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Dear Subscribers,
This month is full of important chess events, so selecting the games wasn't an easy task. As always, the update includes important theoretical novelties and sharp Sicilian battles.

Download PGN of May '15 Open Sicilian games

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The Kan 5.c4 Nf6 6.Nc3 Qc7 7.a3 [B41]

Our first game Quezada Perez-Akopian is quite an unpleasant surprise for fans of the Kan, since White illustrated a dangerous strategic idea of leaving the rook on a1 in order to advance the a-pawn:

It looks like, in the Diagram position after 13.Rfc1, Black shouldn't touch the Ra8 for a while. A possible improvement might be 13...Ne5!?, but further practical tests are needed for a clear assessment. Anyway, after 13...Rac8 14.a4! Akopian's position seems already unpleasant. He then committed 2 mistakes on moves 18 and 22, and quickly lost. An impressive achievement from the Cuban GM!

The Taimanov 7.Qd2 Nf6 8.0-0-0 Be7 9.f4 d6 [B48]

In the game Socko - Lazarev Black opted for the slightly passive, but less explored 9....d6. This line was analysed in our PGN archive in Ponomariov-Ivanchuk, where in reply Ruslan went for the modest 11.Bf3. In my notes to that game I mentioned the most ambitious move, 11.g4, and this current game proves that this continuation does indeed offer White great attacking chances.

Still, in the Diagram position after 13.Be3, Black's position might not be so bad had Lazarev played 13...b5. Instead, the greedy 13..Bxg4? was nicely refuted by the Polish Grandmaster.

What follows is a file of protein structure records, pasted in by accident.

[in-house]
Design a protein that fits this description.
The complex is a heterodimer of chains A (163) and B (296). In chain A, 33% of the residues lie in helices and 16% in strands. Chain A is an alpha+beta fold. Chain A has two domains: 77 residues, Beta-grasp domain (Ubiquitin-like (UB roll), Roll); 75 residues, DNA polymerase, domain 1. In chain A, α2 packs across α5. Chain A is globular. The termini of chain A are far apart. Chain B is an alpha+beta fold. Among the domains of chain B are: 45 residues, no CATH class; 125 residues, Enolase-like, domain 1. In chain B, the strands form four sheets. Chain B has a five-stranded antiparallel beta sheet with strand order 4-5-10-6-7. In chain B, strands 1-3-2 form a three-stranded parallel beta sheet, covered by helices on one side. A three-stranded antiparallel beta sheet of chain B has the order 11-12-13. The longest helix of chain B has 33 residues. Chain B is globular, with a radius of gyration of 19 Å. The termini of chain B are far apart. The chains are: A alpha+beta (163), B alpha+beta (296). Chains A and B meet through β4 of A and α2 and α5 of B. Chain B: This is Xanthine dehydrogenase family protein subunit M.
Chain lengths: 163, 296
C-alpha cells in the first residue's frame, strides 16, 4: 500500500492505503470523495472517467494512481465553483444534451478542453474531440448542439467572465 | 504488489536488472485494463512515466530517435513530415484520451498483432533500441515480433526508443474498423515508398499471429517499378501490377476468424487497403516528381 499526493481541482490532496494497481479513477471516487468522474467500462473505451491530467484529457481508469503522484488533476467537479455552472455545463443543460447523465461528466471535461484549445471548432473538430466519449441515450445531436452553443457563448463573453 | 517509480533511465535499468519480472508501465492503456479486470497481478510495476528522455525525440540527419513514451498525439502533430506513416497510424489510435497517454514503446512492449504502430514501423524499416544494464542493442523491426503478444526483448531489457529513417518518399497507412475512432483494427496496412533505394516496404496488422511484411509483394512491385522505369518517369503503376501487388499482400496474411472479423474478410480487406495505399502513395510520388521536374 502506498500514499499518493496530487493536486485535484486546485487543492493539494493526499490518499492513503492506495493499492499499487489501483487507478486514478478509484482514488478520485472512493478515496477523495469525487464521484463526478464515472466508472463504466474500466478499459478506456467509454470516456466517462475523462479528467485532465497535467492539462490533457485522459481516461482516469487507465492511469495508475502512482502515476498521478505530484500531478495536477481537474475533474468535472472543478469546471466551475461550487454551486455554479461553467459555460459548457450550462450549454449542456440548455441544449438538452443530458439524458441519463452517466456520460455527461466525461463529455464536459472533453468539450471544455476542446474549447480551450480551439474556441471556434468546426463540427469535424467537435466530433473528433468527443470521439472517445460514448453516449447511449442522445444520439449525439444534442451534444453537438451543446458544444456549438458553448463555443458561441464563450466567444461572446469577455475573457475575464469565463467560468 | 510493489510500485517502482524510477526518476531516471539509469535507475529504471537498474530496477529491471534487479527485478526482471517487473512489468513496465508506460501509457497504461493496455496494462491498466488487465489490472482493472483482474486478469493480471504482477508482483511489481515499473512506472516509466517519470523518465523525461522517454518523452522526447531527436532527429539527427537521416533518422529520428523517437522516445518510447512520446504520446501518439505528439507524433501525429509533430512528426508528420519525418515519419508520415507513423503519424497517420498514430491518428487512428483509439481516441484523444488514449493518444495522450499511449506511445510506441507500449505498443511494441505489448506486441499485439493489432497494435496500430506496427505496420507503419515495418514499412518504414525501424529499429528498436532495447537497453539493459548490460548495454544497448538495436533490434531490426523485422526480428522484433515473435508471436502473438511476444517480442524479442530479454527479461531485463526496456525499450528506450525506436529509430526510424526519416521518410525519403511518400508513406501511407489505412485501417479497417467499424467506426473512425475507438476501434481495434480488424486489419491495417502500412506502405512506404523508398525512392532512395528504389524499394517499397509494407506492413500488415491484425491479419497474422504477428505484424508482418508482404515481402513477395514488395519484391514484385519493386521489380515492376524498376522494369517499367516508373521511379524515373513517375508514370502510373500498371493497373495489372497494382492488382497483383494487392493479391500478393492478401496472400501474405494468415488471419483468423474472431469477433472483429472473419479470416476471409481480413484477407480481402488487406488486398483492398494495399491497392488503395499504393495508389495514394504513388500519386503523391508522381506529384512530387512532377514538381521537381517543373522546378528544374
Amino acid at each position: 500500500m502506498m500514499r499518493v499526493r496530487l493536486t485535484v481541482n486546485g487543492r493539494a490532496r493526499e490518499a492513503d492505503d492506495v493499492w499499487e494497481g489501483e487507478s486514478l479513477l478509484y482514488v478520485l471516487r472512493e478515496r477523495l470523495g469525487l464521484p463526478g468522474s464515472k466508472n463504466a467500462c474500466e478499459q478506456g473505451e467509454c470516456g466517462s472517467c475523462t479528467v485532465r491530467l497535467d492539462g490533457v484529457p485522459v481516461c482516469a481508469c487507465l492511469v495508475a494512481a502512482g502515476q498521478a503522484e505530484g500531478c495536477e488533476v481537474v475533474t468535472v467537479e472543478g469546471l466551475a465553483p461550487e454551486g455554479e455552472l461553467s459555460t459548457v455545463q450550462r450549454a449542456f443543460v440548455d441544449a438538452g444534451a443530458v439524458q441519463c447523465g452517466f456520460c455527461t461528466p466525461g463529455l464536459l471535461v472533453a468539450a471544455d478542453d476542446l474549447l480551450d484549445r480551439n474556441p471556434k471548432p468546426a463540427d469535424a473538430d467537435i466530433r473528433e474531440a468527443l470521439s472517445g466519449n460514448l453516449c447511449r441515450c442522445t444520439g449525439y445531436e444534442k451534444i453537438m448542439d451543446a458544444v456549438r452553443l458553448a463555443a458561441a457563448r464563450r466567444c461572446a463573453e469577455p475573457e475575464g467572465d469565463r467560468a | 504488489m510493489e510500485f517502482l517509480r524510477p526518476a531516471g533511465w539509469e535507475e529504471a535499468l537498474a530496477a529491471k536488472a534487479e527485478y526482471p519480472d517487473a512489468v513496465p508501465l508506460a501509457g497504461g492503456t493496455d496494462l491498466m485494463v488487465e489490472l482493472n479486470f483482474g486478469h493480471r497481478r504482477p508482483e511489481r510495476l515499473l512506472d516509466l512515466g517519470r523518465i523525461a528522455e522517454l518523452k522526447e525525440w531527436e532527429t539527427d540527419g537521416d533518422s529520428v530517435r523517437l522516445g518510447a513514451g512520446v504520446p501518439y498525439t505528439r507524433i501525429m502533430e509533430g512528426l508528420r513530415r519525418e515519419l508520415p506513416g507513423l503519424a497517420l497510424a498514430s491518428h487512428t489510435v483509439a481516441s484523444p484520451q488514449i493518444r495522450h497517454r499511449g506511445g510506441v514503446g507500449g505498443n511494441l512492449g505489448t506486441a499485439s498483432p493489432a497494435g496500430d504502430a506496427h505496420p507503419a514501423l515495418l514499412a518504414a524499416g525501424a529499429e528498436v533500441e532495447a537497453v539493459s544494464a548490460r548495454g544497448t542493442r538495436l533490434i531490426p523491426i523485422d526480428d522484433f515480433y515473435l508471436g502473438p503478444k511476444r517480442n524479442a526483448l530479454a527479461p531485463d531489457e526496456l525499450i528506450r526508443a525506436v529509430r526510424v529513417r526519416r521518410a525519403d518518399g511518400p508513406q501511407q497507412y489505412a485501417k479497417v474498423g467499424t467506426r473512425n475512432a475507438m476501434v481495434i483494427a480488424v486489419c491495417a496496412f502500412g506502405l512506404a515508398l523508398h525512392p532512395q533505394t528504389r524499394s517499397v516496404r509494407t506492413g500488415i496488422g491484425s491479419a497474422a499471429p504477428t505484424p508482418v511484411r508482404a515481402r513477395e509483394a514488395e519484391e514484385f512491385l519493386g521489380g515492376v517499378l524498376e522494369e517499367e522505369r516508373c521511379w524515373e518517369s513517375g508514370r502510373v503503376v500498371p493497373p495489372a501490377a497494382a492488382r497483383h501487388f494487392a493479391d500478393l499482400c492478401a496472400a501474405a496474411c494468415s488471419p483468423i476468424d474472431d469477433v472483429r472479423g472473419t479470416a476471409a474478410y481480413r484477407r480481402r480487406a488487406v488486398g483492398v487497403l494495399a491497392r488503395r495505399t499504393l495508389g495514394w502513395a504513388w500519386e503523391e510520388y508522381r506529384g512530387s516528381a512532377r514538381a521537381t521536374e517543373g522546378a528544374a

In general, 9...d6 looks like a possible way of handling this line, though 12.Qxd4!? is a potential improvement for White.

The Classical Richter-Rauzer 7...a6 8.0-0-0 h6 9.Nxc6 [B66]

Our next game Berescu, A - Lupulescu, C saw a complicated battle in one of the sharpest lines in the Rauzer:

In the Diagram position, after 13...Nh7, White had to choose between various tempting continuations. It looks like the lower-rated player didn't mind making a draw, as he went for 14.Bd3, which led to a perpetual check in a previous game of Lupulescu. This time Black pushed for more with 19...Bxc3, but White wasn't in danger at any moment, so the game ended in a draw anyway.

In my opinion Black's position is somewhat shaky in this line, but White still has to find a clear way to prove it. At the moment, 14.Ne4!? looks the most promising.

Najdorf 6.Qd3!? [B90]

In our next game Van Kampen-Adair White employed the extravagant 6.Qd3!? in order to surprise his lower-rated opponent. The surprise effect worked well, as Black replied with the dubious novelty 8...e5?!:

and found himself under strong positional pressure. The first critical moment came on move 12, when Robin could have won a pawn by means of 12.Bg4! Instead, he erred with 12.h4? and lost his advantage. Black's further play was impressive, and Adair was able to exploit White's additional mistakes and achieve a convincing victory.

In general, 6.Qd3 hardly poses Black any serious problems, but it leads to unexplored territory, so definitely requires some attention.